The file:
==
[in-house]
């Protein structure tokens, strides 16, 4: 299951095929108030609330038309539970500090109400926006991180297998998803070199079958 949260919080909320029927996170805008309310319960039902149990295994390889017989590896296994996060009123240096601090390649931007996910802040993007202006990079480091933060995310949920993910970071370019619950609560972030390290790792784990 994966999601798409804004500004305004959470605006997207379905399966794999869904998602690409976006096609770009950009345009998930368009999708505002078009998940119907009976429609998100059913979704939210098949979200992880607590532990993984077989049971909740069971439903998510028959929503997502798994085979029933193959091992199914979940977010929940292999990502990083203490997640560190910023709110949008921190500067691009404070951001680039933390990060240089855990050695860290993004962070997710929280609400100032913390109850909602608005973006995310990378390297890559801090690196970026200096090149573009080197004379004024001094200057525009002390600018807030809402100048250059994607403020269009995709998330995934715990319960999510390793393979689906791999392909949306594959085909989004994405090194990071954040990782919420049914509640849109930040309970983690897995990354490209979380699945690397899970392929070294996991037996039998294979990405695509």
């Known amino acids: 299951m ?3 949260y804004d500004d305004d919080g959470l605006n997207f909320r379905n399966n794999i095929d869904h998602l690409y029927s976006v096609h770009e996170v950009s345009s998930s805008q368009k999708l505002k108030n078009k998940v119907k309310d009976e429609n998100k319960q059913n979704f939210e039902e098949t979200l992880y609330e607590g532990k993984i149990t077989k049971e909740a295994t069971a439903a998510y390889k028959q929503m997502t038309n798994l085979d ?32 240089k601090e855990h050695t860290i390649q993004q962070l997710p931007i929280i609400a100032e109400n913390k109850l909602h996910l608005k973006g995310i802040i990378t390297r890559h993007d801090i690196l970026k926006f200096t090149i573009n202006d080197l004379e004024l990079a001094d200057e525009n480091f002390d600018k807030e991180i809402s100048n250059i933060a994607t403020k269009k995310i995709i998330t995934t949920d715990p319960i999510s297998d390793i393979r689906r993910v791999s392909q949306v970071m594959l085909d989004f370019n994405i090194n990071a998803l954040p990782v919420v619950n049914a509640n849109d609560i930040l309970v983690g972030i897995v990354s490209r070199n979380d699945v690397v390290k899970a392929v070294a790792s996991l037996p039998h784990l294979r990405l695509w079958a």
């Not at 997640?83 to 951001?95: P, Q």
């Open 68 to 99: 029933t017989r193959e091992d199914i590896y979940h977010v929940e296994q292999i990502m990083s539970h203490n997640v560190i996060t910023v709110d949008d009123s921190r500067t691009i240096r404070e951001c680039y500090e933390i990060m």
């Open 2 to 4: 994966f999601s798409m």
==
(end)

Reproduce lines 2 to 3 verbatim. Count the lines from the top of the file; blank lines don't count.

């Protein structure tokens, strides 16, 4: 299951095929108030609330038309539970500090109400926006991180297998998803070199079958 949260919080909320029927996170805008309310319960039902149990295994390889017989590896296994996060009123240096601090390649931007996910802040993007202006990079480091933060995310949920993910970071370019619950609560972030390290790792784990 994966999601798409804004500004305004959470605006997207379905399966794999869904998602690409976006096609770009950009345009998930368009999708505002078009998940119907009976429609998100059913979704939210098949979200992880607590532990993984077989049971909740069971439903998510028959929503997502798994085979029933193959091992199914979940977010929940292999990502990083203490997640560190910023709110949008921190500067691009404070951001680039933390990060240089855990050695860290993004962070997710929280609400100032913390109850909602608005973006995310990378390297890559801090690196970026200096090149573009080197004379004024001094200057525009002390600018807030809402100048250059994607403020269009995709998330995934715990319960999510390793393979689906791999392909949306594959085909989004994405090194990071954040990782919420049914509640849109930040309970983690897995990354490209979380699945690397899970392929070294996991037996039998294979990405695509």
């Known amino acids: 299951m ?3 949260y804004d500004d305004d919080g959470l605006n997207f909320r379905n399966n794999i095929d869904h998602l690409y029927s976006v096609h770009e996170v950009s345009s998930s805008q368009k999708l505002k108030n078009k998940v119907k309310d009976e429609n998100k319960q059913n979704f939210e039902e098949t979200l992880y609330e607590g532990k993984i149990t077989k049971e909740a295994t069971a439903a998510y390889k028959q929503m997502t038309n798994l085979d ?32 240089k601090e855990h050695t860290i390649q993004q962070l997710p931007i929280i609400a100032e109400n913390k109850l909602h996910l608005k973006g995310i802040i990378t390297r890559h993007d801090i690196l970026k926006f200096t090149i573009n202006d080197l004379e004024l990079a001094d200057e525009n480091f002390d600018k807030e991180i809402s100048n250059i933060a994607t403020k269009k995310i995709i998330t995934t949920d715990p319960i999510s297998d390793i393979r689906r993910v791999s392909q949306v970071m594959l085909d989004f370019n994405i090194n990071a998803l954040p990782v919420v619950n049914a509640n849109d609560i930040l309970v983690g972030i897995v990354s490209r070199n979380d699945v690397v390290k899970a392929v070294a790792s996991l037996p039998h784990l294979r990405l695509w079958a």